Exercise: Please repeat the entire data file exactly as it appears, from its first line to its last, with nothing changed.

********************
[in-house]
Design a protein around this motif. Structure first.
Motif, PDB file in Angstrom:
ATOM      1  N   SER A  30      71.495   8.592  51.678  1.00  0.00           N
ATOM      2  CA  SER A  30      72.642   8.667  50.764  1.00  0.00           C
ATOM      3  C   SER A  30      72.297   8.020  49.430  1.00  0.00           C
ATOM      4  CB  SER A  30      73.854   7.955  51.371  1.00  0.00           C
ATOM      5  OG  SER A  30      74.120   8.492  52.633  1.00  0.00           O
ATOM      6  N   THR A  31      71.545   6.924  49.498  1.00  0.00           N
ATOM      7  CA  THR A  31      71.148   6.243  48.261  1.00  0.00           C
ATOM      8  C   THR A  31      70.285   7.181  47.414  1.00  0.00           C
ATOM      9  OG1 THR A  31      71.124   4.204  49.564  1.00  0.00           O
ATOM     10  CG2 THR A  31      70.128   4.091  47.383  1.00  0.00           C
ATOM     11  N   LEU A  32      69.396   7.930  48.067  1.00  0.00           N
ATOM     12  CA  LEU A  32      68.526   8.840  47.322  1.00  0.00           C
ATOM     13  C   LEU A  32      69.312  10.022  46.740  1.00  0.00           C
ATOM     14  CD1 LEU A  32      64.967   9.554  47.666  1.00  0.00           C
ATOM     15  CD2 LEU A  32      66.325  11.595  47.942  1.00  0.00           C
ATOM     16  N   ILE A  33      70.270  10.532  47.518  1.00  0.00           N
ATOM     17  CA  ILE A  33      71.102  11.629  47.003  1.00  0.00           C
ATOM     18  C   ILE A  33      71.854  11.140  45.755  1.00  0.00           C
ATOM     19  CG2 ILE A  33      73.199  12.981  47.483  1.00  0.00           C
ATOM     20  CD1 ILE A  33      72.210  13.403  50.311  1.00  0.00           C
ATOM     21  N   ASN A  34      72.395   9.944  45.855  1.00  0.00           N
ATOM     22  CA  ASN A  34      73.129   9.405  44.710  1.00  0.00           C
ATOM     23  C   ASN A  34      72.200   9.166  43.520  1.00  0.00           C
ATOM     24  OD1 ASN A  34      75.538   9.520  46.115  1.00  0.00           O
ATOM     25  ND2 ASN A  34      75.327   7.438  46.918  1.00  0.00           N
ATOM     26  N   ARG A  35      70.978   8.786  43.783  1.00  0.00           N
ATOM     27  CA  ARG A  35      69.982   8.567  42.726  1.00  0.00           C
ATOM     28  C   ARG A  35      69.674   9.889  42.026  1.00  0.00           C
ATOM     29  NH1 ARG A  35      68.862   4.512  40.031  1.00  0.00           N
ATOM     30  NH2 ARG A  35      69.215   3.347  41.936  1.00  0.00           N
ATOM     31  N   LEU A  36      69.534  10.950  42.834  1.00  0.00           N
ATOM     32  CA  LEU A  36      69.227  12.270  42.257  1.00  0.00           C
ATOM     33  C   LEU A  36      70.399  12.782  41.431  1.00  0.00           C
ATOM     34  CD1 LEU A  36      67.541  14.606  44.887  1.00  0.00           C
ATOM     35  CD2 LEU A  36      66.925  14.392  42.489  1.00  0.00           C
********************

[in-house]
Design a protein around this motif. Structure first.
Motif, PDB file in Angstrom:
ATOM      1  N   SER A  30      71.495   8.592  51.678  1.00  0.00           N
ATOM      2  CA  SER A  30      72.642   8.667  50.764  1.00  0.00           C
ATOM      3  C   SER A  30      72.297   8.020  49.430  1.00  0.00           C
ATOM      4  CB  SER A  30      73.854   7.955  51.371  1.00  0.00           C
ATOM      5  OG  SER A  30      74.120   8.492  52.633  1.00  0.00           O
ATOM      6  N   THR A  31      71.545   6.924  49.498  1.00  0.00           N
ATOM      7  CA  THR A  31      71.148   6.243  48.261  1.00  0.00           C
ATOM      8  C   THR A  31      70.285   7.181  47.414  1.00  0.00           C
ATOM      9  OG1 THR A  31      71.124   4.204  49.564  1.00  0.00           O
ATOM     10  CG2 THR A  31      70.128   4.091  47.383  1.00  0.00           C
ATOM     11  N   LEU A  32      69.396   7.930  48.067  1.00  0.00           N
ATOM     12  CA  LEU A  32      68.526   8.840  47.322  1.00  0.00           C
ATOM     13  C   LEU A  32      69.312  10.022  46.740  1.00  0.00           C
ATOM     14  CD1 LEU A  32      64.967   9.554  47.666  1.00  0.00           C
ATOM     15  CD2 LEU A  32      66.325  11.595  47.942  1.00  0.00           C
ATOM     16  N   ILE A  33      70.270  10.532  47.518  1.00  0.00           N
ATOM     17  CA  ILE A  33      71.102  11.629  47.003  1.00  0.00           C
ATOM     18  C   ILE A  33      71.854  11.140  45.755  1.00  0.00           C
ATOM     19  CG2 ILE A  33      73.199  12.981  47.483  1.00  0.00           C
ATOM     20  CD1 ILE A  33      72.210  13.403  50.311  1.00  0.00           C
ATOM     21  N   ASN A  34      72.395   9.944  45.855  1.00  0.00           N
ATOM     22  CA  ASN A  34      73.129   9.405  44.710  1.00  0.00           C
ATOM     23  C   ASN A  34      72.200   9.166  43.520  1.00  0.00           C
ATOM     24  OD1 ASN A  34      75.538   9.520  46.115  1.00  0.00           O
ATOM     25  ND2 ASN A  34      75.327   7.438  46.918  1.00  0.00           N
ATOM     26  N   ARG A  35      70.978   8.786  43.783  1.00  0.00           N
ATOM     27  CA  ARG A  35      69.982   8.567  42.726  1.00  0.00           C
ATOM     28  C   ARG A  35      69.674   9.889  42.026  1.00  0.00           C
ATOM     29  NH1 ARG A  35      68.862   4.512  40.031  1.00  0.00           N
ATOM     30  NH2 ARG A  35      69.215   3.347  41.936  1.00  0.00           N
ATOM     31  N   LEU A  36      69.534  10.950  42.834  1.00  0.00           N
ATOM     32  CA  LEU A  36      69.227  12.270  42.257  1.00  0.00           C
ATOM     33  C   LEU A  36      70.399  12.782  41.431  1.00  0.00           C
ATOM     34  CD1 LEU A  36      67.541  14.606  44.887  1.00  0.00           C
ATOM     35  CD2 LEU A  36      66.925  14.392  42.489  1.00  0.00           C